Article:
Fitbit Gets Into the Diabetes Business

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Fitbit, a company that has become well-known for its activity trackers (wearable fitness devices that monitor things like heart rate and steps walked), recently announced it was making a substantial investment in diabetes technology. The San Francisco-based firm said it had made a $6 million investment in the technology company Sano.

Fitbit Diabetes Business
Logo courtesy of Fitbit.

Founded in 2011, Sano, also located in San Francisco, has focused on developing a biometric wearable mobile sensor that continuously monitors blood sugar levels. The company describes the device, which is contained in a small patch, as “completely painless” and says that it can help users understand how their diet and exercise affects their metabolism. Business analysts speculated that if Fitbit were to incorporate blood-sugar monitoring into its existing devices it could substantially increase its sales.

According to Fitbit CEO James Park, the investment in Sano “fits into our strategy of looking beyond the device and thinking more about (health) solutions. I think the complete solution comes in the form of having some monitoring solution that is coupled with a display and a wearable that can give you the interventions at the right moment.”

Sano’s device is expected to come onto the market in early 2019. Although it will most likely be aimed at people with Type 1 or Type 2 diabetes, the company thinks it might also be used by people with prediabetes or by users just who want to know how their lifestyle affects their blood sugar.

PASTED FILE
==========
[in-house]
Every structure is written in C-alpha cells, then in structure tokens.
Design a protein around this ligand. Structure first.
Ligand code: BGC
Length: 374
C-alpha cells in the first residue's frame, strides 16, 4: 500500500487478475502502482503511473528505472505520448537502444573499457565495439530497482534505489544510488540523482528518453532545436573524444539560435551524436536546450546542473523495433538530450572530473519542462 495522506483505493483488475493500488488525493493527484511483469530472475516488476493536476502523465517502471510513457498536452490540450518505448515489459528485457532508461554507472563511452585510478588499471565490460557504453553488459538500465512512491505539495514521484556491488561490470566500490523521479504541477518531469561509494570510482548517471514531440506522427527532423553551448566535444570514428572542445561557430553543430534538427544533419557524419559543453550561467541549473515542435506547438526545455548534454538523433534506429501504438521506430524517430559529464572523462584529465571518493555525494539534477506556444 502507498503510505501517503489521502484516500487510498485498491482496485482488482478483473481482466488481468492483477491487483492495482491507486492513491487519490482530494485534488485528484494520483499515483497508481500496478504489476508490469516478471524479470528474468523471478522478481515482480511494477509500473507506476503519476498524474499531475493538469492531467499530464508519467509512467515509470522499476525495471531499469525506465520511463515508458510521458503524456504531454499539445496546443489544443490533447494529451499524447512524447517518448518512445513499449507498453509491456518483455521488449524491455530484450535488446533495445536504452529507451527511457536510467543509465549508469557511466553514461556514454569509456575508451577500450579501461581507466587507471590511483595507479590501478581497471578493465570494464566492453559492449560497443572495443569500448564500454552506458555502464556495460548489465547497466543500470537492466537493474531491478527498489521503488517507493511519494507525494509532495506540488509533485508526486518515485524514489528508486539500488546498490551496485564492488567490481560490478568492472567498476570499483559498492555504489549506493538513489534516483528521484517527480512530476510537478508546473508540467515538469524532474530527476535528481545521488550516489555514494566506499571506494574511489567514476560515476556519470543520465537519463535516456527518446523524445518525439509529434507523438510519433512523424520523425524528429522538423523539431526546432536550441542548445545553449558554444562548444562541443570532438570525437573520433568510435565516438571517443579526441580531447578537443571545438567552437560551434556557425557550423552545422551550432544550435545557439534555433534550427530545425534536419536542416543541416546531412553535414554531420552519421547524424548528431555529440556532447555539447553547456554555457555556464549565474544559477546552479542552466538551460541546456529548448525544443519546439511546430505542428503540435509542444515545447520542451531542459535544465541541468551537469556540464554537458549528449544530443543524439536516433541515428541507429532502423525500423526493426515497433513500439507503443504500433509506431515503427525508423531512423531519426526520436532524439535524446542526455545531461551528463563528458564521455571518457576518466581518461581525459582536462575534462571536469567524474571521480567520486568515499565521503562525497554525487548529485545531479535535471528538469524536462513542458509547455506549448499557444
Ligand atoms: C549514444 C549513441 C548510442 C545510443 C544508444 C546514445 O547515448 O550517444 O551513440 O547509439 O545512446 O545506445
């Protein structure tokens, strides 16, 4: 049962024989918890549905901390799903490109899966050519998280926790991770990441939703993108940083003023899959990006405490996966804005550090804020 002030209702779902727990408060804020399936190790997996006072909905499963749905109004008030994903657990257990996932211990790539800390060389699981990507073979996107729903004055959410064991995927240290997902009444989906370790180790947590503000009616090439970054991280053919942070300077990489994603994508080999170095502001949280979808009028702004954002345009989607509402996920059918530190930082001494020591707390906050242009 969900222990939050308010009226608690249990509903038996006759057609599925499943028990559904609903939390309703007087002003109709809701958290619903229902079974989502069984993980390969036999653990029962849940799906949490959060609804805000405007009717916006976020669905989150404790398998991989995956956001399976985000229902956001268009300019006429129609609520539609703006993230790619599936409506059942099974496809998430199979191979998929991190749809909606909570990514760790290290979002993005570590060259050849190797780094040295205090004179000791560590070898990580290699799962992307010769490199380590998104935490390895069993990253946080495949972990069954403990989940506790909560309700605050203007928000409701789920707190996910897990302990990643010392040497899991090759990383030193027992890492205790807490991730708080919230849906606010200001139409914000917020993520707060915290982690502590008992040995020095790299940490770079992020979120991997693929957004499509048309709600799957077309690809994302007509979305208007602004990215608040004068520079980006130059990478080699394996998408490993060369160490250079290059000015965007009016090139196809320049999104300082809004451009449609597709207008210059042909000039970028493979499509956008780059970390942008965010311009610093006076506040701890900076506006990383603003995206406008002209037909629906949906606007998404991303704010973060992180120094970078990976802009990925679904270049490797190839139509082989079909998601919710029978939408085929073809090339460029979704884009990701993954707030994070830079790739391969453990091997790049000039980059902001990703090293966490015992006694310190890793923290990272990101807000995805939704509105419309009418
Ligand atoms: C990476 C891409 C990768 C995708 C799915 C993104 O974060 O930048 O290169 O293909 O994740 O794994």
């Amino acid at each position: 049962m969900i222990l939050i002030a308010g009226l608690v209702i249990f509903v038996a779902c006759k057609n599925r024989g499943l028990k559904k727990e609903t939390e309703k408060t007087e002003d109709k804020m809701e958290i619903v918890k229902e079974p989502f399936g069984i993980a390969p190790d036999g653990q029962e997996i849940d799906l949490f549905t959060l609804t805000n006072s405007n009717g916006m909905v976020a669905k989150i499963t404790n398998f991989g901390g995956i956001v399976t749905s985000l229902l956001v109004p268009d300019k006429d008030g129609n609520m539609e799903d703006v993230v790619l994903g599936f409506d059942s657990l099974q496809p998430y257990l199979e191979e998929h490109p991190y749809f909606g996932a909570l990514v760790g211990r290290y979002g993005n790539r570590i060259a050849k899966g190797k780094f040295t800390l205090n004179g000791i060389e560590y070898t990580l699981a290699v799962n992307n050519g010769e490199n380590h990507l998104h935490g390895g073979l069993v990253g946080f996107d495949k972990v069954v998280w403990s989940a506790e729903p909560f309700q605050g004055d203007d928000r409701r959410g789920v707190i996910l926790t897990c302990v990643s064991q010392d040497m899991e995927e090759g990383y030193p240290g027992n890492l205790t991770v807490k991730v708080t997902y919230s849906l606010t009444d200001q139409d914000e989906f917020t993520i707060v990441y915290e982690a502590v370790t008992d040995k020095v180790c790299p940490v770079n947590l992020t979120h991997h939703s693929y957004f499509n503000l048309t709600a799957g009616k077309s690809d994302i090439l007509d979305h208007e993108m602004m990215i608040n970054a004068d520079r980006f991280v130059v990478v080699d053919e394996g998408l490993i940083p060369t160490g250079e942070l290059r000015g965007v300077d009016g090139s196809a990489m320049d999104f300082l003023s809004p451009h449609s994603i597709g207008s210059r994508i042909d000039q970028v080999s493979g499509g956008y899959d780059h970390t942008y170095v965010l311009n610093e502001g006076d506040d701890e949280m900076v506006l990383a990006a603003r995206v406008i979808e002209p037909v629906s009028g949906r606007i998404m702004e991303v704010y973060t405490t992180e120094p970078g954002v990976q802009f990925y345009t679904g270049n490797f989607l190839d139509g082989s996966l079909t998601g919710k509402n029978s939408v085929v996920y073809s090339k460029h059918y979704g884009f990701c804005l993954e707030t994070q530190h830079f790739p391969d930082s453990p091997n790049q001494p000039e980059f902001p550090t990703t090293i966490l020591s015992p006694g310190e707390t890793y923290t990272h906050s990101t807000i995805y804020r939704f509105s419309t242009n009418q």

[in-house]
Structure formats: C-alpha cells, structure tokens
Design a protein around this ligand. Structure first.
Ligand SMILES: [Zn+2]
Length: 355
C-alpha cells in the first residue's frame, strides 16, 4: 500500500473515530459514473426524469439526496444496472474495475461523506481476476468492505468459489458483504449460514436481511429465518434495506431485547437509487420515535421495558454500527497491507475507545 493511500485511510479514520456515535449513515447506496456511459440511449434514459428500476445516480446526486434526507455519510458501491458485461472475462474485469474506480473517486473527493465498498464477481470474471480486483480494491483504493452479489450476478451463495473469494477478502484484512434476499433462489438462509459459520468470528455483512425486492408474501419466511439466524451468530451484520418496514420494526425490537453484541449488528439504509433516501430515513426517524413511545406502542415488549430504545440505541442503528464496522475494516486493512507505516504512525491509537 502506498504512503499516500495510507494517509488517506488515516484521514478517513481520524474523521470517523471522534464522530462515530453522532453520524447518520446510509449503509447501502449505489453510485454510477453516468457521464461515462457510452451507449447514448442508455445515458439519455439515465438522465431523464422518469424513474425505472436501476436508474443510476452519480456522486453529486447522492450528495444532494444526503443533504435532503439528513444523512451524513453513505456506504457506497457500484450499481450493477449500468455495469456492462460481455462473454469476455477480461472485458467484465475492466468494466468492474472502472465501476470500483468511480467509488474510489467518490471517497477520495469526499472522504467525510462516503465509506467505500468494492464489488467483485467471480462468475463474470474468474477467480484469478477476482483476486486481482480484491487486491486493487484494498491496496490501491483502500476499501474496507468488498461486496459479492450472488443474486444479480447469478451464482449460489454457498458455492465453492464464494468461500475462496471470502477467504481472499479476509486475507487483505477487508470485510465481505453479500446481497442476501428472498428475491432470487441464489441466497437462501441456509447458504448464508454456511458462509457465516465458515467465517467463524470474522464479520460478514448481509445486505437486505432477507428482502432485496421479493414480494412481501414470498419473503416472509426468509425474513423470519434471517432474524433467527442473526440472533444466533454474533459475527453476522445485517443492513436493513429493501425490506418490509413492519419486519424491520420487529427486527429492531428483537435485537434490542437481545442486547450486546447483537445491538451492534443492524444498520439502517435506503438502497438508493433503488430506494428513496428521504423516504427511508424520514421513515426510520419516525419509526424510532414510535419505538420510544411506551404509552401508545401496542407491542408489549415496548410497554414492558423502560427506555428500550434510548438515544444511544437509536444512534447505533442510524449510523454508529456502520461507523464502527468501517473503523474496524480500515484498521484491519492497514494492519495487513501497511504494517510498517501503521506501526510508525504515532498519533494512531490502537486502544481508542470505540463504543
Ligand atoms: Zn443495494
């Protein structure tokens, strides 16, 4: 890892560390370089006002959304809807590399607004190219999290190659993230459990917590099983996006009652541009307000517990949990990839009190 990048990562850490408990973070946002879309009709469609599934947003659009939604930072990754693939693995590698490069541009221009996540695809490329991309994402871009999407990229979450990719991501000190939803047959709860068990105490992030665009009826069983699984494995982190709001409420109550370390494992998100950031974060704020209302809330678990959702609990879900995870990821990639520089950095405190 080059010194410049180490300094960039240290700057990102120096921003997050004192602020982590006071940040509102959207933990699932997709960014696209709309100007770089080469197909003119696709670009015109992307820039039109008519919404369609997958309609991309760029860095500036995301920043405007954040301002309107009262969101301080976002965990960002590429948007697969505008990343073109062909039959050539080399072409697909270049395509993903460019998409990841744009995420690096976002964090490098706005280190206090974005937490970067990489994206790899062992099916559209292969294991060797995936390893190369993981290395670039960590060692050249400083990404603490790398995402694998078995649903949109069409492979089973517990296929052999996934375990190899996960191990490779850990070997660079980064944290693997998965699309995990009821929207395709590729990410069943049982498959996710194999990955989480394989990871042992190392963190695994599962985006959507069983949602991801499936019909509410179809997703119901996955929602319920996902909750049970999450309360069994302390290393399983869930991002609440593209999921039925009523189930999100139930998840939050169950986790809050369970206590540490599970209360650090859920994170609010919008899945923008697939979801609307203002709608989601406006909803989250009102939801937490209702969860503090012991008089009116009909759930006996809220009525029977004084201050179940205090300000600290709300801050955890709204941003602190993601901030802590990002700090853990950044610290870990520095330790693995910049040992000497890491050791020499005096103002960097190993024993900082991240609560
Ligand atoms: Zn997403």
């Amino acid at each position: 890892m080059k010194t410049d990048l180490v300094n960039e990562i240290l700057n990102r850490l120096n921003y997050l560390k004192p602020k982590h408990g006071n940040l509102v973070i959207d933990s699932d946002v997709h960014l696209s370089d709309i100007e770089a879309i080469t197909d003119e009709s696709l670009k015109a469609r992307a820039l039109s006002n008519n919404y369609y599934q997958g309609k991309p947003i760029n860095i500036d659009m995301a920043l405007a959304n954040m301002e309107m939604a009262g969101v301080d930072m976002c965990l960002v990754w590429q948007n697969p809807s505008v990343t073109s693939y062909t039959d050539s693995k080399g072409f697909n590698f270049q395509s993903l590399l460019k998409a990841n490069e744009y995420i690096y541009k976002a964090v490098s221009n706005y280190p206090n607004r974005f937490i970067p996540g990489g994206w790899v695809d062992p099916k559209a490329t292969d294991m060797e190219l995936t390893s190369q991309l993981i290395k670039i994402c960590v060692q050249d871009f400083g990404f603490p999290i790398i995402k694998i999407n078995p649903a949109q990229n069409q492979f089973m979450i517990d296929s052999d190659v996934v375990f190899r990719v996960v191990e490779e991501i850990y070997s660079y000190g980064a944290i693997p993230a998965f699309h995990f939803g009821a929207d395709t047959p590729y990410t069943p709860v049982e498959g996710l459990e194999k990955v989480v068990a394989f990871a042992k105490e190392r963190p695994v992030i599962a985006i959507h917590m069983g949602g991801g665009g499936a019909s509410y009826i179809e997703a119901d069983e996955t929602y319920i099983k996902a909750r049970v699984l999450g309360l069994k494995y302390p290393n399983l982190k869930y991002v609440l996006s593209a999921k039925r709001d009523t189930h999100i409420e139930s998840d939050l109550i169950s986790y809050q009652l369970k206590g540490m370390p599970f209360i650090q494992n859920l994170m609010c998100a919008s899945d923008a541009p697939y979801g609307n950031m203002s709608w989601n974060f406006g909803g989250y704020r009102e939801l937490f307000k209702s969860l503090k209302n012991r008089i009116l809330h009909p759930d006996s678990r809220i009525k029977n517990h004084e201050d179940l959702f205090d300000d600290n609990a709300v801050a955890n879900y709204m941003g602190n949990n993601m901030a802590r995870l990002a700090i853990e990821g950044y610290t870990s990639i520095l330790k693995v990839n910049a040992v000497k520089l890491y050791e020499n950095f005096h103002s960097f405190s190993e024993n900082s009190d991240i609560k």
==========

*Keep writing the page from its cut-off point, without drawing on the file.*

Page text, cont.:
Click here to see Fitbit’s latest activity trackers.

Want to learn more about health technology? Watch the videos “Continuous Glucose Monitoring” and “Diabetes and Technology.”

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  • Robert Bob Wine

    That sounds REALLY GREAT, I’ve been type I since 1981 and always happy about better tech. I wear a FitBit anyways, so it’s a win / win situation.

  • I am excited about the Fitbit acquisition. I have Type 2 and I have a Fitbit. I used the Fitbit to build movement into my life after diagnosis and that worked and is still a motivator for me. I have gotten lazy with testing my blood sugar as simple as it is to do… get over your own blood…blood on the device, blood on your recording book…..yet I know when I was testing 3 x a day…I was more careful with my eating…and of late I know I have slipped into bad eating….not a huge slip….but a small slip is enough to screw with sugar levels.
    I used testing so regularity as a method that worked for me of monitoring my levels.
    The thought of constantly monitoring my levels is a way that I can work out what foods to avoid within a palette of knowing what not to do.
    I am excited by this news and I will be into one when it arrives early 2019.

    Thanks for the news.


  • Michael Romeo

    This is so awesome tech, both of my children are type 1 and this would greatly help them in their daily management.